Graceling by Kristen Cashore
Reading Level: Young Adult
Release date: September 7, 2009
Number of Pages: 480
Graceling takes readers inside the world of Katsa, a warrior-girl in her late teens with one blue eye and one green eye. This gives her haunting beauty, but also marks her as a Graceling. Gracelings are beings with special talents—swimming, storytelling, dancing. Katsa's Grace is considered more useful: her ability to fight (and kill, if she wanted to) is unequaled in the seven kingdoms. Forced to act as a henchman for a manipulative king, Katsa channels her guilt by forming a secret council of like-minded citizens who carry out secret missions to promote justice over cruelty and abuses of power.
Combining elements of fantasy and romance, Cashore skillfully portrays the confusion, discovery, and angst that smart, strong-willed girls experience as they creep toward adulthood. Katsa wrestles with questions of freedom, truth, and knowing when to rely on a friend for help. This is no small task for an angry girl who had eschewed friendships (with the exception of one cousin that she trusts) for her more ready skills of self-reliance, hunting, and fighting. Katsa also comes to know the real power of her Grace and the nature of Graces in general: they are not always what they appear to be.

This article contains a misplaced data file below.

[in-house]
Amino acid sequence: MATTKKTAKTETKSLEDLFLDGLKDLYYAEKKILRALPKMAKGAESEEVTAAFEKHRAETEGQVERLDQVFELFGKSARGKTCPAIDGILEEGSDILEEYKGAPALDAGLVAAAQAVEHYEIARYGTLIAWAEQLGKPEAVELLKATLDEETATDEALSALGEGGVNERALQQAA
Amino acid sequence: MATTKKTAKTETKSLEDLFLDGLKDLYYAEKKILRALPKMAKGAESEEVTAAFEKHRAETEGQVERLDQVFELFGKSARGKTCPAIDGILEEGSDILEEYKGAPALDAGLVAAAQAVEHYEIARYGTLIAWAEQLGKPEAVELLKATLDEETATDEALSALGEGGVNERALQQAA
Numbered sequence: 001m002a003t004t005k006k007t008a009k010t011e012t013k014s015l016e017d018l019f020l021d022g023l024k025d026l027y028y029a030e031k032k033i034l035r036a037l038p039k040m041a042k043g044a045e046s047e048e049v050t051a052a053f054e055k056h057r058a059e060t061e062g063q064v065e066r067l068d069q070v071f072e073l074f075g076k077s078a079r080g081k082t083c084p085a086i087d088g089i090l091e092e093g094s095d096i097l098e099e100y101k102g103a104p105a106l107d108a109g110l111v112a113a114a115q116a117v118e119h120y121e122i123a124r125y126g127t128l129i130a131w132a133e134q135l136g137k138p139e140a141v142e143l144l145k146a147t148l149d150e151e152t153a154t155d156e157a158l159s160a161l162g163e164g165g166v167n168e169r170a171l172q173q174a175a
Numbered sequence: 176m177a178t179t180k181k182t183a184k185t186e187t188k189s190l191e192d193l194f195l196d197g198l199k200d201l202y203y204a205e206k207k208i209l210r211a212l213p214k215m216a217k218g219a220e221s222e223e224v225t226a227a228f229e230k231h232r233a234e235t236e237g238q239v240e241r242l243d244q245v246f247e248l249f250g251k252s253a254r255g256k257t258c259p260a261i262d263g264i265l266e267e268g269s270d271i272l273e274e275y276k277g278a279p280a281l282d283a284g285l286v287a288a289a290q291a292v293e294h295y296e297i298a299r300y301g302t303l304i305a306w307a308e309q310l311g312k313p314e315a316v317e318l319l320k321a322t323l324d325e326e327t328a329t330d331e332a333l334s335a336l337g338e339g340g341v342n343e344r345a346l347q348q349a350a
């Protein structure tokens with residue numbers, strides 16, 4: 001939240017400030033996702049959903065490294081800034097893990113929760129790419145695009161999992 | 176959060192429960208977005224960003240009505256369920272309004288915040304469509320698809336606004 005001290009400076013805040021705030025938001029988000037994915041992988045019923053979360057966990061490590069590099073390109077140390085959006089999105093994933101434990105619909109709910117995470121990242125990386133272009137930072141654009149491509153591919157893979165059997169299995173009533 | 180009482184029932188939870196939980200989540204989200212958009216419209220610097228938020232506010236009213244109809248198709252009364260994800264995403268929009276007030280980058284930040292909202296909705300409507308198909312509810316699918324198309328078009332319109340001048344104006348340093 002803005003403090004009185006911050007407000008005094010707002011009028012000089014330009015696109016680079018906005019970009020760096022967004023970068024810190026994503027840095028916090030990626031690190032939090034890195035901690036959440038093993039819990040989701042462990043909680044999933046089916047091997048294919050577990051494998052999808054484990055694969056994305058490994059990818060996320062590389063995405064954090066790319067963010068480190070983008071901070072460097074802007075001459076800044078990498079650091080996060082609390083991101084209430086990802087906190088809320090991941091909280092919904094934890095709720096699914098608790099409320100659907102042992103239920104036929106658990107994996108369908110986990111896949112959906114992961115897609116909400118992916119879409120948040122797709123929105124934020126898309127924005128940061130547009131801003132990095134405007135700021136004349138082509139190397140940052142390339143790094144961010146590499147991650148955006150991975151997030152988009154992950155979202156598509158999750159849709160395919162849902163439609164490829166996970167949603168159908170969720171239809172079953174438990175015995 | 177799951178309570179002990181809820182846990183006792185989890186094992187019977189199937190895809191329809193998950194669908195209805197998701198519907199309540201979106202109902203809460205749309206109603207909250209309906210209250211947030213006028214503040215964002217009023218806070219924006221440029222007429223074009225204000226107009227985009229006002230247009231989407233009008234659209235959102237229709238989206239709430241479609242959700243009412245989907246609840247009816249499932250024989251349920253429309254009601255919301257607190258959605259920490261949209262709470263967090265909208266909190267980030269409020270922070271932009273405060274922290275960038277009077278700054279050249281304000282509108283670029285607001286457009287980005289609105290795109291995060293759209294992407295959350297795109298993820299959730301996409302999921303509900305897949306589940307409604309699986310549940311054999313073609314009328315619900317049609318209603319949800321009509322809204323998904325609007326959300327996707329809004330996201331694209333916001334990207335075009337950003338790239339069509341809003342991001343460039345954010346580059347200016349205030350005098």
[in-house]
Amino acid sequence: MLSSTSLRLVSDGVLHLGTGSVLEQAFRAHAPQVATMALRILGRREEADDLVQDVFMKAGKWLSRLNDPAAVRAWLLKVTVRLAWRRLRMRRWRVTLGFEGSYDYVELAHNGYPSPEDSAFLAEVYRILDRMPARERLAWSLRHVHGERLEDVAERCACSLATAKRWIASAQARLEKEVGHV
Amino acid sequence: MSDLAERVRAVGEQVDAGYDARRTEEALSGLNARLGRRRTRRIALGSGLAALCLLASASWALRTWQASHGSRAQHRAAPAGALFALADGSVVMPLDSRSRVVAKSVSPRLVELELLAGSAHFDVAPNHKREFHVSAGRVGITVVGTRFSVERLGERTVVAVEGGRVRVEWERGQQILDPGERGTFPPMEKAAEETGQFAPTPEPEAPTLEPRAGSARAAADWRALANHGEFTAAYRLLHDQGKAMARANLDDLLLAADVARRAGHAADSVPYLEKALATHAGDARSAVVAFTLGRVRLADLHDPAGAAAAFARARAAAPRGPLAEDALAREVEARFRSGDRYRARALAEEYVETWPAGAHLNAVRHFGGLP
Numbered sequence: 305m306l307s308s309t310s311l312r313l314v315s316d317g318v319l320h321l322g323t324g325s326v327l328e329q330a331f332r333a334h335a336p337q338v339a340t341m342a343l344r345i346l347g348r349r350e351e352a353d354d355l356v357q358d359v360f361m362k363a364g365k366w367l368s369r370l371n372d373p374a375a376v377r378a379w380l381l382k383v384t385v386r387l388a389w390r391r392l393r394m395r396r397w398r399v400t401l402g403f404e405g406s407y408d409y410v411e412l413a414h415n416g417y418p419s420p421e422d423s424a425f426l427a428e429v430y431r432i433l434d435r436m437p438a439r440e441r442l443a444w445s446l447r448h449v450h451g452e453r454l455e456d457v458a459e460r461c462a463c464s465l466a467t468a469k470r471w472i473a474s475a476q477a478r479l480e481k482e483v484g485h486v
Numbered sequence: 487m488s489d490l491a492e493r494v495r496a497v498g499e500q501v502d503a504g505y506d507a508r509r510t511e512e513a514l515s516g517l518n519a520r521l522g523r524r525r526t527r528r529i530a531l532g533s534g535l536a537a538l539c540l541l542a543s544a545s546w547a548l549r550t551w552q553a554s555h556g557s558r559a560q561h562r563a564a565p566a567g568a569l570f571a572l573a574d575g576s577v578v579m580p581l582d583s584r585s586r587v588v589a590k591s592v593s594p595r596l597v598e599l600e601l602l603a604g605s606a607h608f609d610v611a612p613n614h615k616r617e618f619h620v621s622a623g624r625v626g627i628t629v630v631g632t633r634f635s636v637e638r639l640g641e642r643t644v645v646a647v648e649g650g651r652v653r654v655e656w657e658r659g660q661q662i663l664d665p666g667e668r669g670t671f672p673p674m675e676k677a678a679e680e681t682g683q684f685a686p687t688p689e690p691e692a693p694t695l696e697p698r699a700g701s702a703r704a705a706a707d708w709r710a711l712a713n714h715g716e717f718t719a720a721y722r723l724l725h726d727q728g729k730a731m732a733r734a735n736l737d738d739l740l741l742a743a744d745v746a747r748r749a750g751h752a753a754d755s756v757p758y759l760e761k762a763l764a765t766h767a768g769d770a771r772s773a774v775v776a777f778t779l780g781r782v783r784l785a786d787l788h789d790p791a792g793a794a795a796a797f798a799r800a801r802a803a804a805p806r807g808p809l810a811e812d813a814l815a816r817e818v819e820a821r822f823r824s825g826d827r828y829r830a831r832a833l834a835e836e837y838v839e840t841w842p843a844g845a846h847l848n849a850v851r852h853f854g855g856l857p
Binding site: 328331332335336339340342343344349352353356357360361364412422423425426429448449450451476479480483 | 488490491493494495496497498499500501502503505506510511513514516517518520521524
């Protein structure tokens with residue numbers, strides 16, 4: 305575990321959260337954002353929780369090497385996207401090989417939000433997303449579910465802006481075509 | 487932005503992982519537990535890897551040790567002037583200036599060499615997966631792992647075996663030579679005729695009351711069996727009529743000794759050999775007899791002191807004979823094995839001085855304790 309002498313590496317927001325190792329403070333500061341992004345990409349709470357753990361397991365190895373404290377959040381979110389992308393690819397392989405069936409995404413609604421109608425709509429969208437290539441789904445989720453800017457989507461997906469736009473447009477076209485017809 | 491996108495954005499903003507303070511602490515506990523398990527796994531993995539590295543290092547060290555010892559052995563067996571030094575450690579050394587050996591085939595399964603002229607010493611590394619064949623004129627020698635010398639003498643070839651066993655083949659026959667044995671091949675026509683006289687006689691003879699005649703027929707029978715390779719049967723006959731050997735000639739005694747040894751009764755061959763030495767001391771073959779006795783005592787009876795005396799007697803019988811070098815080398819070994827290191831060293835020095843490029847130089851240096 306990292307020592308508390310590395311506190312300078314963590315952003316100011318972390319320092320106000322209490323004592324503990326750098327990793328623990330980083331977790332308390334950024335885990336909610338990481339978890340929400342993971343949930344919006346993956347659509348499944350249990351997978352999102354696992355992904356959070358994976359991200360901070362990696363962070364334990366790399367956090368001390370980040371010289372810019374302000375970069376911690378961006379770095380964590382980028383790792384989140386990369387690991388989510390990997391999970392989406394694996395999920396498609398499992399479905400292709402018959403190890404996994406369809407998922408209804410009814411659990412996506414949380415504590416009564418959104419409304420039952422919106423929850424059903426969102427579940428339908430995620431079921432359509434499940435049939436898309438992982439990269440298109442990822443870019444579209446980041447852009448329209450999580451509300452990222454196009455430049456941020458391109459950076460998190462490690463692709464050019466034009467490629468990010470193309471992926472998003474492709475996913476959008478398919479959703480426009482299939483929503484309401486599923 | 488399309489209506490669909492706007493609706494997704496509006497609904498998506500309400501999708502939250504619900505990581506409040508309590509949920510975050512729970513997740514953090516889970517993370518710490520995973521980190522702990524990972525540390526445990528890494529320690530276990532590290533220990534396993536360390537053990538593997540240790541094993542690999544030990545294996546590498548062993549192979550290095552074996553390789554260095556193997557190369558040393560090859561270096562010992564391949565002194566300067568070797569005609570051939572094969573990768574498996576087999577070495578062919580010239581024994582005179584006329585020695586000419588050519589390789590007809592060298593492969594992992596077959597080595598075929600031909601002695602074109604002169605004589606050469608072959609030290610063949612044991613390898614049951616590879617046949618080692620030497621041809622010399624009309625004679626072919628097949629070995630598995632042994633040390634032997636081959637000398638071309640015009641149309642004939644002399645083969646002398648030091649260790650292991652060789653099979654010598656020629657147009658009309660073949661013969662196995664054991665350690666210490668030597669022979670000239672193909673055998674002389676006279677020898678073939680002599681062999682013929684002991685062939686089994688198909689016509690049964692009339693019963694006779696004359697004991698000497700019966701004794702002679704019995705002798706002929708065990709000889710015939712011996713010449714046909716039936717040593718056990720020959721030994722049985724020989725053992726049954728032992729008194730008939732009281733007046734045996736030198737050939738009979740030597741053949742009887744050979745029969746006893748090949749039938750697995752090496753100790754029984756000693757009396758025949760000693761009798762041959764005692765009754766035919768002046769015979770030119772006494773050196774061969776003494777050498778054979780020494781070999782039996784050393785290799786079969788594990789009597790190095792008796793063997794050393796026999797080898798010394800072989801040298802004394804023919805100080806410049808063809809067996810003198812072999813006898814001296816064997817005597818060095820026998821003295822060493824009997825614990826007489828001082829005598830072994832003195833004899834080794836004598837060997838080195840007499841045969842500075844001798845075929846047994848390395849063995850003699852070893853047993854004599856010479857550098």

I'd had GRACELING sitting on my bookshelf forever. It wasn't that I didn't want to read it, it's just that I hadn't been in the mood to read a book set in the past. Like with Jodie Piccoults, I have to be in the perfect mood to read them or else I cannot fully enjoy them. It's the same for historical fiction. I had just read OF MICE AND MEN and THE CATCHER IN THE RYE, so I felt like reading something magical. It went above and beyond perfection. GRACELING's characters are strong, be they the one-eyed graced King Leck, who personifies cruelty, or the fierce heroine, Katsa, both lovely and deadly. I adored the romance that played out between Katsa and charming Prince Po, especially their utter loyalty to one another. I'm getting sick of paranormal love triangles, in all their "said vamp is hot, but said wizard is vulnerable" glory, so the way that Po and Katsa gave themselves completely to the other was truly refreshing. But don't let the lack of a love triangle fool you into believing GRACELING doesn't host some steamy moments itself. Trust me, it does not lack in the steam department. Cashore has graced us with a true masterpiece, full of elegance and fire. It is a must read by any standards, and it will satisfy both boys and girls from ages 13 up.